Car manufacturers take this into account when choosing a place to install a battery. There are even models in which the batteries are located in the cabin or luggage compartment. This approach is not widely used for a number of reasons. First, not all batteries are safe. Secondly, the farther the battery is from the starter, the thicker wires are needed to connect them.

Battery type

Battery type affects:

  • Maximum recommended charge current.
  • Battery efficiency when charging.

Batteries on cars with a start-stop system must necessarily be designed for high currents (fast charging). These include AGM batteries, which can be systematically charged with currents up to 30% of capacity. Much better in this regard are lithium-ion, lithium-polymer and lithium-iron-phosphate batteries. They can be discharged and charged with very high currents without consequences. They are not widely used yet due to their high cost.

How to assess the battery charge level?

Total: it is impossible to accurately determine the level of charge of the battery by time. What then should be the focus?

There are as many as three very accurate indicators:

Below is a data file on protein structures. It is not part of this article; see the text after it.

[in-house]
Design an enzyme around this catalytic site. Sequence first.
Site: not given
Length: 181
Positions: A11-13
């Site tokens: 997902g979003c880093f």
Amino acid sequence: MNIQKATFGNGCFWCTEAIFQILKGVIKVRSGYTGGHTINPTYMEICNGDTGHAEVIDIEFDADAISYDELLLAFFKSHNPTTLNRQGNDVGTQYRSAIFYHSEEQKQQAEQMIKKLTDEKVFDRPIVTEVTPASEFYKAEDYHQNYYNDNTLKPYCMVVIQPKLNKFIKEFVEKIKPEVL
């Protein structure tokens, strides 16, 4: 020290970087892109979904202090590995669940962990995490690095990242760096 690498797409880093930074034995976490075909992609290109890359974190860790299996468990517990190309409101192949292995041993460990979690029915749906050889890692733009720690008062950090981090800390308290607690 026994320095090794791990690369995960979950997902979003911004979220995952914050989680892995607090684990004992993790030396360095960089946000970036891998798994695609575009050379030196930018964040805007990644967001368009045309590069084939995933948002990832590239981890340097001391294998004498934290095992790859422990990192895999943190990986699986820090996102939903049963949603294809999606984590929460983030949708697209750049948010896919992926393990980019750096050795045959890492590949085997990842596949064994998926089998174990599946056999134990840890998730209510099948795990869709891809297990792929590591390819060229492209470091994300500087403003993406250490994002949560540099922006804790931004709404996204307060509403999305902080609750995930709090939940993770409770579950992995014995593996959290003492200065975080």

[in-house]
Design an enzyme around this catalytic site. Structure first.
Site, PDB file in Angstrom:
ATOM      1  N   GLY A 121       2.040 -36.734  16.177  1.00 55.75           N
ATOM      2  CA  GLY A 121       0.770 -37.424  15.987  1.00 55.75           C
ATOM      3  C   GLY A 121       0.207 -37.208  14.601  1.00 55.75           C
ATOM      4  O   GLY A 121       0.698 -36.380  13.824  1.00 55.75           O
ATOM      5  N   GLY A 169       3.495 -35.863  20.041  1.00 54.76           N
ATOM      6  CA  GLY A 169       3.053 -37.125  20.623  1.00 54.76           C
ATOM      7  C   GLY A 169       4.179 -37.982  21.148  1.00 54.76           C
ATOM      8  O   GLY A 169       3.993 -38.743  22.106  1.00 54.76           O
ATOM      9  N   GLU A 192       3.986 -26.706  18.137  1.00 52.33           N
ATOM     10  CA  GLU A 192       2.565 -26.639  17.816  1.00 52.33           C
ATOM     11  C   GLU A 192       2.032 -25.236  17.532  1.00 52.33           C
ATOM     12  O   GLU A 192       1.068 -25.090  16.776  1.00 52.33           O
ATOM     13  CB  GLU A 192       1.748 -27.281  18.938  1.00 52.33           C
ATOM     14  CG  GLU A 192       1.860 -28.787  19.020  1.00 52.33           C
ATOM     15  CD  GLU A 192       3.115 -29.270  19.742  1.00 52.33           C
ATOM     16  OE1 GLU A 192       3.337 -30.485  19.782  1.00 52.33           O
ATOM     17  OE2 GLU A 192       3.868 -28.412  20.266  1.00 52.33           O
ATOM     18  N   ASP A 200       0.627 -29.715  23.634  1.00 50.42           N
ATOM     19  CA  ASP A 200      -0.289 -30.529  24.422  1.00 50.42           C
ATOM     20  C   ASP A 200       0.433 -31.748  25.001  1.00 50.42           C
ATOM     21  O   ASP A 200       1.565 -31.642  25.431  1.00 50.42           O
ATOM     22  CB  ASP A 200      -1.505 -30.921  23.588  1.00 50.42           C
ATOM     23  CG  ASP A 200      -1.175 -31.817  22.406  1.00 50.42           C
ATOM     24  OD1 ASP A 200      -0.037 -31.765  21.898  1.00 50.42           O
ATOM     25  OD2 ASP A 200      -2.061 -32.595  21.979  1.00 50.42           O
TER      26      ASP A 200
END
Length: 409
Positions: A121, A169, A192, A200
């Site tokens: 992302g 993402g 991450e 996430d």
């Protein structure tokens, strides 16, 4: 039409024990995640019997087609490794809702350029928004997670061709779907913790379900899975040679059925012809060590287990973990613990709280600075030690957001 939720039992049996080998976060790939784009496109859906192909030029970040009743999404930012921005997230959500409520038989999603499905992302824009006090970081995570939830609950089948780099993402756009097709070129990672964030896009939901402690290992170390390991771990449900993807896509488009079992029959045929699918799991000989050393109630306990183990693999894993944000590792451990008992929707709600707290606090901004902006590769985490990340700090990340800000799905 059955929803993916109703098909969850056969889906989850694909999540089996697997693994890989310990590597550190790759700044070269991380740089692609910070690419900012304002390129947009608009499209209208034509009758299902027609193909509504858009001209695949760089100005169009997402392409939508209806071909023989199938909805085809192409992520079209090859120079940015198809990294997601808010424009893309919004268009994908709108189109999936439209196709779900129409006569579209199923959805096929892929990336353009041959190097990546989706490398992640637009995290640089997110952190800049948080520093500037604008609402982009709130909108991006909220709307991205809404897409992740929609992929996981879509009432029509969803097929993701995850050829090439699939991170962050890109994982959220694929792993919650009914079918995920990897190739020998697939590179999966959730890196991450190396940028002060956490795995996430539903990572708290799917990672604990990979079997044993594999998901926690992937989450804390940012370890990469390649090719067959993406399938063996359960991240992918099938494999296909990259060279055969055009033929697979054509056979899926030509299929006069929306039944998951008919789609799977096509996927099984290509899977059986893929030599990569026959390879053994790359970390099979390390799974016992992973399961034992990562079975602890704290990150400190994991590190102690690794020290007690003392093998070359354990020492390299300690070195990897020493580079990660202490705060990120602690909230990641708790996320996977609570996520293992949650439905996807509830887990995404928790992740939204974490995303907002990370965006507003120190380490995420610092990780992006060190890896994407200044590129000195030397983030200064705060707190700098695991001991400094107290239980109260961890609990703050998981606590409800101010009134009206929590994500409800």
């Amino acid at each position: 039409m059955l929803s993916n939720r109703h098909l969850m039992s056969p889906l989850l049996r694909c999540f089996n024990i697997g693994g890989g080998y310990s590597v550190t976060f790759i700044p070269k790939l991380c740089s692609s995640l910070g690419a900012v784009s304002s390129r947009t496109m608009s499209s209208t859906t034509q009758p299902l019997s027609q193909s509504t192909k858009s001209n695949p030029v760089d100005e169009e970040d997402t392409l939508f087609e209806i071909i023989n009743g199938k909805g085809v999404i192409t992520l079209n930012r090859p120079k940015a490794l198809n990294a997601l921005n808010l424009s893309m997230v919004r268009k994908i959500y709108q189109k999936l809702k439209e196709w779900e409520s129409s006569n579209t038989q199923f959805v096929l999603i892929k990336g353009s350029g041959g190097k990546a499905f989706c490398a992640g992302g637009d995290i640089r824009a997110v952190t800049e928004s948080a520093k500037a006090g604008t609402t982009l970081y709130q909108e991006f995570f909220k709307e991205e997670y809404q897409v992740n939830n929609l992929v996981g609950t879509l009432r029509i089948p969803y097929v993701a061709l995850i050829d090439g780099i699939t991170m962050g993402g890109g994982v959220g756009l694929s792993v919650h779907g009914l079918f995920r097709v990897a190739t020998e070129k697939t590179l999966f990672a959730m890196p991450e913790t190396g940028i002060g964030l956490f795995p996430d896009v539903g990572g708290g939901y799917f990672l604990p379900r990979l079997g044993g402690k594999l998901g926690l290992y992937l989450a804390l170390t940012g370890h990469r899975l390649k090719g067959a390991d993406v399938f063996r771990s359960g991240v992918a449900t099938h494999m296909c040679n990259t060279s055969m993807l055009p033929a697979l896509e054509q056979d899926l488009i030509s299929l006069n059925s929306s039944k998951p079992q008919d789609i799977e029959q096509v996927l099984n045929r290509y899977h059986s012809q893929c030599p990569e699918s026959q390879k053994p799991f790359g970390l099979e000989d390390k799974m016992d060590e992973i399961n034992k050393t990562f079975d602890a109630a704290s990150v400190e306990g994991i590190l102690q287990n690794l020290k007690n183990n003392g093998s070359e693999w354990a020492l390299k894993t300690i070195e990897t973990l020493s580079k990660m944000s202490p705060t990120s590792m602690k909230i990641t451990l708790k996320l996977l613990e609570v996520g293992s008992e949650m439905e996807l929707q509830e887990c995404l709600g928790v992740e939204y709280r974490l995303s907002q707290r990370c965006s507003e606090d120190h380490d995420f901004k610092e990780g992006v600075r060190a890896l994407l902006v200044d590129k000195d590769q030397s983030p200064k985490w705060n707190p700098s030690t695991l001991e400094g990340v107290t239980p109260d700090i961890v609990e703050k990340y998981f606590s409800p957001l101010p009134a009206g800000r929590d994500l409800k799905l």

1. Charging current.
  2. Electrolyte density.
  3. Rested battery voltage.

Charging current

This indicator is suitable for chargers with digital voltage and current indicators. These indicators can also be measured independently. With a multimeter. The current in the circuit is the same everywhere. Therefore, measure it where it is convenient. Voltage must be measured directly at the battery terminals.

The battery can be considered 100% charged if the measurements show the following values:

  1. Voltage 14.4 V.
  2. Current 0.1 A.

It makes no sense to wait until the charging current drops by more than 0.1 A. After reaching this current, the battery either accumulates nothing at all, or accumulates very little energy. That is why almost all automatic and "smart" chargers are turned off at this stage.

Electrolyte density